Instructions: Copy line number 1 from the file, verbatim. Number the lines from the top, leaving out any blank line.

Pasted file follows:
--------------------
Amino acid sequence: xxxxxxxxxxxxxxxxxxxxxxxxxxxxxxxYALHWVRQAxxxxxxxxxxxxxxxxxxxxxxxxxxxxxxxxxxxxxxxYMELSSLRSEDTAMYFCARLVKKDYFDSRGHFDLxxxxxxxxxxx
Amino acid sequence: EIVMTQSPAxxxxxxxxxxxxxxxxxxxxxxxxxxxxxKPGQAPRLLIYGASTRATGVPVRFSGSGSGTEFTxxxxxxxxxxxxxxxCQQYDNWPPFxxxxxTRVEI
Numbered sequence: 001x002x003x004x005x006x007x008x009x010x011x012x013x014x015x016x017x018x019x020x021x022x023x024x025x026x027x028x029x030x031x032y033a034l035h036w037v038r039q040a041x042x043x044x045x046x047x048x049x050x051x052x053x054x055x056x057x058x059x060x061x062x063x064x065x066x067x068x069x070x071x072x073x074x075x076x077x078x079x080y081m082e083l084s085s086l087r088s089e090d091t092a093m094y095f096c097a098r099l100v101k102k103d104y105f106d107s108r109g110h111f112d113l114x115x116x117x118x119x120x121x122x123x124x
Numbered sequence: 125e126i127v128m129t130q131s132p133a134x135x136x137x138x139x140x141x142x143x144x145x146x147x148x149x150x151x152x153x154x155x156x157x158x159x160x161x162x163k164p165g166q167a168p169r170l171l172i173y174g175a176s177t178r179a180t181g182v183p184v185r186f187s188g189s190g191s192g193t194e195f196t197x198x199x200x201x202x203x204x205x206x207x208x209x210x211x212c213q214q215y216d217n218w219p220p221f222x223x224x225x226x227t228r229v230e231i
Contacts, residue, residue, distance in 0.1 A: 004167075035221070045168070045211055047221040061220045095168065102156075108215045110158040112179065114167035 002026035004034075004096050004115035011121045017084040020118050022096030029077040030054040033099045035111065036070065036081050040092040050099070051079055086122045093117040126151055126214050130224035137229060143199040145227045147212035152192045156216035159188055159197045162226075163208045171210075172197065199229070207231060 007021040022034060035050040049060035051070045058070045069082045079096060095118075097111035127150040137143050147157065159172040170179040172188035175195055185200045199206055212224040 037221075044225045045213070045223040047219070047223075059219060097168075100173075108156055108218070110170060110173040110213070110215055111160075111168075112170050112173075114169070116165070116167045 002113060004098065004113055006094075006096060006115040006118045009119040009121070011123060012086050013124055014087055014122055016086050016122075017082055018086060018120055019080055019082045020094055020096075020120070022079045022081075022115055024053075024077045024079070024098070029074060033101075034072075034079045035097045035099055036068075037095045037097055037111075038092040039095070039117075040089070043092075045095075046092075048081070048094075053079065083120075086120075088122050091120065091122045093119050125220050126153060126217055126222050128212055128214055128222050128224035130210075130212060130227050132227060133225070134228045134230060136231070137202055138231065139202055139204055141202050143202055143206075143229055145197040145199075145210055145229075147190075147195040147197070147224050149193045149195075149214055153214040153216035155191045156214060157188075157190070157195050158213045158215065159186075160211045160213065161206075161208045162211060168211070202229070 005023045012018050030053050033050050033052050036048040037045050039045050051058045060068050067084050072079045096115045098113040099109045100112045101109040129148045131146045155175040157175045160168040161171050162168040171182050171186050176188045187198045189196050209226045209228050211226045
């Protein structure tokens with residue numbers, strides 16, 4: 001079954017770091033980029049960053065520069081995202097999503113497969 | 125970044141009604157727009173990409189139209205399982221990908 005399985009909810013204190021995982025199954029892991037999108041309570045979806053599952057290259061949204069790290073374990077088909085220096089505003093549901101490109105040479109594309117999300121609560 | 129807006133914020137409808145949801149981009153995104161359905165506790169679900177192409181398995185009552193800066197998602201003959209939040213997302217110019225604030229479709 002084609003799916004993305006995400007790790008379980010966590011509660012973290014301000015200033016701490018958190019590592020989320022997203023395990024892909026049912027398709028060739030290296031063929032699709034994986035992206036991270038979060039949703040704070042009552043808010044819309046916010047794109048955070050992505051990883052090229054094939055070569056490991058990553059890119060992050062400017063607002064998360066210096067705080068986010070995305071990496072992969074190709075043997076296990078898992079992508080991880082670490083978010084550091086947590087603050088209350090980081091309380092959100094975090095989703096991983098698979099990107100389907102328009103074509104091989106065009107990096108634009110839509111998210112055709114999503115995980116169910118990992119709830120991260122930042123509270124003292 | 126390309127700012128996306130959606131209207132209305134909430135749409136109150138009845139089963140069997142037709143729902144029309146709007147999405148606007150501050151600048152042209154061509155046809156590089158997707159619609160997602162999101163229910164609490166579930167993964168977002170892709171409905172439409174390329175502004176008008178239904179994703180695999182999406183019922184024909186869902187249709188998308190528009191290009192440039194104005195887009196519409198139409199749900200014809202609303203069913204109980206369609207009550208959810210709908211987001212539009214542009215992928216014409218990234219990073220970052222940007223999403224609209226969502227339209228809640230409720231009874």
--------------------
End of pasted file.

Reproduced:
Amino acid sequence: xxxxxxxxxxxxxxxxxxxxxxxxxxxxxxxYALHWVRQAxxxxxxxxxxxxxxxxxxxxxxxxxxxxxxxxxxxxxxxYMELSSLRSEDTAMYFCARLVKKDYFDSRGHFDLxxxxxxxxxxx